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The Missed Opportunity of the Feed In Tariff

Much has been made of the proposed Feed In Tariff for renewable energy for Hawaii. Unfortunately, the Feed in Tariff is another example of a policy that draws big headlines but does little to move the State
toward energy independence.


For those of you unfamiliar with the term, a Feed In Tariff (or FIT) is type of incentive used to encourage the development of renewable energy. A FIT mandates a local utility to purchase electricity generated from a renewable energy system owned by a customer at a predetermined rate for set period of time. The rate the utility will pay for electricity is typically set higher than the current utility rates to give the customer an incentive to develop the renewable energy system.


Unfortunately, the FIT as proposed in dockets currently in front of the PUC is a FIT in name only. It does not contain any of the basic features that make FIT in Europe so successful. Specifically, there is no
mandate in the Hawaii FIT that compels the local utility to purchase power from the customer. In the current proposal, the utility will get to decide who, what, when, where and how much electricity it wants to purchase. Second, the rates currently proposed for the FIT are at or below current retail rates for electricity. Therefore there is no incentive for customers to sell power to the utility when the utility is just going to turn around and sell the power back at a higher rate. Customers will be better off using the power they generate themselves. Finally, the FIT rates are fixed for 20 years. So as utility rates continue to rise, customers lose more and more money as the rate at which a customer gets paid for power stays the same.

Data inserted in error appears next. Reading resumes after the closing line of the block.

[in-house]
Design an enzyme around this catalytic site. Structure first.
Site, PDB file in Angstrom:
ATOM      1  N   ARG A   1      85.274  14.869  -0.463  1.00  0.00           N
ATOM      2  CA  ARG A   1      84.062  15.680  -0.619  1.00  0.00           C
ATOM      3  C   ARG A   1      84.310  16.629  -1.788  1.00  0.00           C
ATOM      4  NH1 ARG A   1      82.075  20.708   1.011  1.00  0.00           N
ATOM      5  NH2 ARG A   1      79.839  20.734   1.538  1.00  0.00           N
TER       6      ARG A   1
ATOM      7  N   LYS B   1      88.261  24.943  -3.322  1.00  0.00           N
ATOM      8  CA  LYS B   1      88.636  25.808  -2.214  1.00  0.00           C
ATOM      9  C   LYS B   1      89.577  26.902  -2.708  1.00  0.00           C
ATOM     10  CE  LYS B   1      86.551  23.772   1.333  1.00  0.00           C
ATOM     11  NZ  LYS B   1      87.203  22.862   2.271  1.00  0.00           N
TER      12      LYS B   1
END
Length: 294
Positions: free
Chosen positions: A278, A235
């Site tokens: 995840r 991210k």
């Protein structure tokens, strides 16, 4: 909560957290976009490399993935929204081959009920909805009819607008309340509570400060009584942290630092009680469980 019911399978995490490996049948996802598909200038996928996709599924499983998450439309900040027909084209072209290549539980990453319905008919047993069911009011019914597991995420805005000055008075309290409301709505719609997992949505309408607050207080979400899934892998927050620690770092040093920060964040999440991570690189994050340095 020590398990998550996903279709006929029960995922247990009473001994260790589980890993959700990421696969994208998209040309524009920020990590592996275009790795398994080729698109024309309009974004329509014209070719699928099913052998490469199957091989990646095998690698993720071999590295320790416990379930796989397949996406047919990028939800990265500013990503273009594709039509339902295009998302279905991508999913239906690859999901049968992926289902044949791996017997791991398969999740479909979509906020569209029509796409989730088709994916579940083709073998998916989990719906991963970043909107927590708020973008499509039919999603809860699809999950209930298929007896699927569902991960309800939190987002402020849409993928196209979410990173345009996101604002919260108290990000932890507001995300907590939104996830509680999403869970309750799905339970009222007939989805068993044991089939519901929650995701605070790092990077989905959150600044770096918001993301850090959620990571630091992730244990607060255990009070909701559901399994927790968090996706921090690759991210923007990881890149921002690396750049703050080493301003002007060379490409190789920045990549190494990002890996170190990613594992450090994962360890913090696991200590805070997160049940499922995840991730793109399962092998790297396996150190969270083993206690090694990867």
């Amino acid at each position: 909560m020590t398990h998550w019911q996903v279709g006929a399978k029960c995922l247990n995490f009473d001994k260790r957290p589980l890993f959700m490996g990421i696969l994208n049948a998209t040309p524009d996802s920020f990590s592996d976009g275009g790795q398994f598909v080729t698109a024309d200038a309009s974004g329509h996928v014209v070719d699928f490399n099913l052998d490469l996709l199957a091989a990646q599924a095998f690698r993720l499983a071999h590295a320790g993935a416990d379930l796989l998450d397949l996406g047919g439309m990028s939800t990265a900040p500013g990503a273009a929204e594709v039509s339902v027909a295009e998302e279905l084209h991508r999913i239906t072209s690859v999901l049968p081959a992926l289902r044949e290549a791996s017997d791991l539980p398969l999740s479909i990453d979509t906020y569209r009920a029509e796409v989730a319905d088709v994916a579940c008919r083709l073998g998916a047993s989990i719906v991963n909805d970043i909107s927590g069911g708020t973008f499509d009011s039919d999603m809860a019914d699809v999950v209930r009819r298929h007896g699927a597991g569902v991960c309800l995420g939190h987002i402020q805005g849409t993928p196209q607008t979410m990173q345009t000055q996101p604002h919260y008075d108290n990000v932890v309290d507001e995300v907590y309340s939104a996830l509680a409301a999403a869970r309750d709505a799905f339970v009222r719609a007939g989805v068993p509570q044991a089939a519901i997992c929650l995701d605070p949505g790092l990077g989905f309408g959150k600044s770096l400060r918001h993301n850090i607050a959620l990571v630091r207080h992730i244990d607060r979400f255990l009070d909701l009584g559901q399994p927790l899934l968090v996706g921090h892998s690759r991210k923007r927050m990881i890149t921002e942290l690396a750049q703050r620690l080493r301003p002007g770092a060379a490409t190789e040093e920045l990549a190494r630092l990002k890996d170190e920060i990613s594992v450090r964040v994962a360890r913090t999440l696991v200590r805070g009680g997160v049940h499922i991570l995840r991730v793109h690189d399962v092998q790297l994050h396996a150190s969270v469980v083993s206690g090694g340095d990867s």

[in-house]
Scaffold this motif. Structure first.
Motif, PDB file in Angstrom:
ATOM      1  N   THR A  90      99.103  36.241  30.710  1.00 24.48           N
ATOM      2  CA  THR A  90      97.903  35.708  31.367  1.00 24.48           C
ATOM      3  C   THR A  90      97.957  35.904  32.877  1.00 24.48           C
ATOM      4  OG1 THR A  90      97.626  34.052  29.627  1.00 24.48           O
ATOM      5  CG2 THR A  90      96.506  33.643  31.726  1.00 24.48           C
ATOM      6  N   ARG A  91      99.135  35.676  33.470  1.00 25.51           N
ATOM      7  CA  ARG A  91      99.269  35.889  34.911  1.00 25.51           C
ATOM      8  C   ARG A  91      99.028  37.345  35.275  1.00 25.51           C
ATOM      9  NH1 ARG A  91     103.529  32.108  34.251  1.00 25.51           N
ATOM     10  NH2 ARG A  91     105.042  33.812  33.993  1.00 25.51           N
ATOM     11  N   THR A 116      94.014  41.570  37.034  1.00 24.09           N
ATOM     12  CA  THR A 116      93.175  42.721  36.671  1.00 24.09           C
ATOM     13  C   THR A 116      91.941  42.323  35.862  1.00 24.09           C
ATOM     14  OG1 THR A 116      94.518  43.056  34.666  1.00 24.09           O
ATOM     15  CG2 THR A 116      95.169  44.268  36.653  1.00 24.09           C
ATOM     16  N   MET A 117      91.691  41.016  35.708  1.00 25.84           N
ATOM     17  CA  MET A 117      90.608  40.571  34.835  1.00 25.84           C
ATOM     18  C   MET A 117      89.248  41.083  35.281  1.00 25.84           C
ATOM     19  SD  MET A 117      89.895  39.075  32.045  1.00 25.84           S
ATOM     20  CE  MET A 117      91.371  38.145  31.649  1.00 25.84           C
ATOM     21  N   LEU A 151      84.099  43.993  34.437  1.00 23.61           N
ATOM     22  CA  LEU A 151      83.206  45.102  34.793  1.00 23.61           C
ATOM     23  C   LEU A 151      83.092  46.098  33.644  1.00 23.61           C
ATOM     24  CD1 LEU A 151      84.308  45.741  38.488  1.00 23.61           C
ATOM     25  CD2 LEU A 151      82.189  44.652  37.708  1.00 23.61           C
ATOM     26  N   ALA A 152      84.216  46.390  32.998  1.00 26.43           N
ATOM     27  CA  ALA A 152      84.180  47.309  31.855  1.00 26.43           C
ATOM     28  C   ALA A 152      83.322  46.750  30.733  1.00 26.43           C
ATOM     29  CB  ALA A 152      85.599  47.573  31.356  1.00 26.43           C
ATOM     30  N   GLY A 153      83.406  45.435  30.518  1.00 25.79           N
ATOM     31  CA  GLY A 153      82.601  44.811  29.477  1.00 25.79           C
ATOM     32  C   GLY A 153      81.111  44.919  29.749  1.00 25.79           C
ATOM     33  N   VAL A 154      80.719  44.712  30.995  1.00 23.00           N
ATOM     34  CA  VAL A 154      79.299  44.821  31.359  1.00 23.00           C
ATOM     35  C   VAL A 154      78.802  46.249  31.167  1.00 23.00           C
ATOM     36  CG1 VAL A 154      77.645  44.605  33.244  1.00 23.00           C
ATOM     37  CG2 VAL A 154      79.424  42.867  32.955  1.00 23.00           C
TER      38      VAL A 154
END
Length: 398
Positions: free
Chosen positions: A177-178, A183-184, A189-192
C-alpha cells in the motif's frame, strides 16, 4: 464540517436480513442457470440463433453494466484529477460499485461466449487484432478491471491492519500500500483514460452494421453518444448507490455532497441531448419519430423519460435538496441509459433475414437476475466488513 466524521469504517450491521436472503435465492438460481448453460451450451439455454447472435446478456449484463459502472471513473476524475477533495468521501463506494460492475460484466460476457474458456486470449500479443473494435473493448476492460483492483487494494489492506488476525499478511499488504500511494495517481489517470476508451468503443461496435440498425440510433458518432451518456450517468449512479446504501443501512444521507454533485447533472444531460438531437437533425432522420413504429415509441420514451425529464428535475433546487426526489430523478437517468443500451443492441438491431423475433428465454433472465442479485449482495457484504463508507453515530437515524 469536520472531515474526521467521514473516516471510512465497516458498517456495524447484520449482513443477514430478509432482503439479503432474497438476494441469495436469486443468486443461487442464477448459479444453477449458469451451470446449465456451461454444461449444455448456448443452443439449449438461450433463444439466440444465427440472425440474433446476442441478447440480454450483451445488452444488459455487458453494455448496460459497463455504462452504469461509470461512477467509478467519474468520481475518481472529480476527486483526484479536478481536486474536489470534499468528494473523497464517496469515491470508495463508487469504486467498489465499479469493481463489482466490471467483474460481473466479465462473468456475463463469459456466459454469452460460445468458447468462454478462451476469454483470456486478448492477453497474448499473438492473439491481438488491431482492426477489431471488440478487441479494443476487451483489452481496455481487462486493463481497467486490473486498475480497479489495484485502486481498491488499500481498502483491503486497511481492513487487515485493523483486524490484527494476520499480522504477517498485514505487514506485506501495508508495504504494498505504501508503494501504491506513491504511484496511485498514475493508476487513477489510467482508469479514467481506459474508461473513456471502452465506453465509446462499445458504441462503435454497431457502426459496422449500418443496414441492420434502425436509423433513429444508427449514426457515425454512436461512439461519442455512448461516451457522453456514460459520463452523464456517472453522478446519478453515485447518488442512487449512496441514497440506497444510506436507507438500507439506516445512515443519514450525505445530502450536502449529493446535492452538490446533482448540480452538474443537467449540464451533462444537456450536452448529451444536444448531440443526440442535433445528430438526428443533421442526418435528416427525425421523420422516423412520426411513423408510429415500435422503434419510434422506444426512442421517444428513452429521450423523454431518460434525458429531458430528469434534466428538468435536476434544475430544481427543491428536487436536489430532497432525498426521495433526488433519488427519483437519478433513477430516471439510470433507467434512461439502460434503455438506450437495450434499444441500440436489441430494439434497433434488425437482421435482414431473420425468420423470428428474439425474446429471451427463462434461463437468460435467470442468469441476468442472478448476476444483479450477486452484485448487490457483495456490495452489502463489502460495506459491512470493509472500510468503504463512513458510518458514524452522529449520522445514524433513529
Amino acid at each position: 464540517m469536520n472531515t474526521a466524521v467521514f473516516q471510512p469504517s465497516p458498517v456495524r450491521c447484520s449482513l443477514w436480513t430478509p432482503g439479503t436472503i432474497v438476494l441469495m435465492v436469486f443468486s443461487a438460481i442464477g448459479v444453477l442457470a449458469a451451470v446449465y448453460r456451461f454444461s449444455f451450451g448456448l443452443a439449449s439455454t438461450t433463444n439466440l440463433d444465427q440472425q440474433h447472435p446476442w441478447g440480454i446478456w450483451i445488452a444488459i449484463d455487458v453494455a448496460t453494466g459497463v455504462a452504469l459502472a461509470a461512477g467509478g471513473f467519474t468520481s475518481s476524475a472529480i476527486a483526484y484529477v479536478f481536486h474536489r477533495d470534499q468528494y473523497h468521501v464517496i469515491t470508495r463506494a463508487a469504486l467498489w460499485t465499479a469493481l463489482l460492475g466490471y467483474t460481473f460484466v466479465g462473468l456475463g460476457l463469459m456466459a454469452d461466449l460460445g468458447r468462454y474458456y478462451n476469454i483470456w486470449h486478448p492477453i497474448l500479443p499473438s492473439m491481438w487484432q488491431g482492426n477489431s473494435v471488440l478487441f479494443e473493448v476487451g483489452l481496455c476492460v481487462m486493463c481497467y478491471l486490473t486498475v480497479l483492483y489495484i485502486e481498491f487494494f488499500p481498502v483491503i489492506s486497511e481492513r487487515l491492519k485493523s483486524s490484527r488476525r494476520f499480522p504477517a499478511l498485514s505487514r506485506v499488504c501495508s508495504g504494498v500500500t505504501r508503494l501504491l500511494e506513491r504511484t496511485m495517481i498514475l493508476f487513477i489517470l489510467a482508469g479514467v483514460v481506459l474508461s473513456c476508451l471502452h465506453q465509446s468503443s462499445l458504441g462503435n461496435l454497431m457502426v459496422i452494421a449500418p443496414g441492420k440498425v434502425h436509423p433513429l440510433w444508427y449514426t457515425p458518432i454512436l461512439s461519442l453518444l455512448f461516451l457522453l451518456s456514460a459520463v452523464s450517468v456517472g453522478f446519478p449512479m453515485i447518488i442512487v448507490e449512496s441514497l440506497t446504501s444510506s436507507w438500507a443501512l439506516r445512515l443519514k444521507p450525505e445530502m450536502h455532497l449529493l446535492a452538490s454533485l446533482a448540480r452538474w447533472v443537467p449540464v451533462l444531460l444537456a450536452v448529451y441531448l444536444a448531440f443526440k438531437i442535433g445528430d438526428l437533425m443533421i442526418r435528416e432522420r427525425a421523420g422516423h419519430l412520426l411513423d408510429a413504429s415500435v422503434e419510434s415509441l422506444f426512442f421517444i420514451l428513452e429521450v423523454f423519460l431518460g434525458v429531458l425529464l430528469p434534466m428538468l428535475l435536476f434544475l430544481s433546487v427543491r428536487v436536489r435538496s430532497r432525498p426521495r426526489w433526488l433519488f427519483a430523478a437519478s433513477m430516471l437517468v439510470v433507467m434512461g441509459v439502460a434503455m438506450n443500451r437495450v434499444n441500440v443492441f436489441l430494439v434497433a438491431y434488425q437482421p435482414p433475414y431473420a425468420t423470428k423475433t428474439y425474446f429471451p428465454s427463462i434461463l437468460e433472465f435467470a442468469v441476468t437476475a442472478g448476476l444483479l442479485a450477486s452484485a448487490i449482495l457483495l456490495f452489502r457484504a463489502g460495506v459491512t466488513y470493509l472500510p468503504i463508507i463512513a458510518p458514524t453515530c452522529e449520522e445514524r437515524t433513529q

Until the elected officials become more interested in results than headlines, we are unlikely to make significant inroads toward energy independence in the near future.


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Comment by Konstantin A Lukin on February 19, 2010 at 3:37pm
Until the elected officials become more interested in results than headlines, we are unlikely to make significant inroads toward energy independence in the near future.
Just wondering, what is the motivation for elected officials to be more interested in results than headlines, especially if some long-term results are only visible after their term is over? Making sound headlines seems like a logical enough alternative to keep it rolling.. :)

Also, why is it that if long-term results have solid projections, should headlines say any different? Is media trying 'too hard' to make living?
Comment by Daniel Leuck on February 18, 2010 at 6:52pm
Interesting post. Its unfortunate that our FIT bill lacks the features that made Europe's programs successful. How did that happen?

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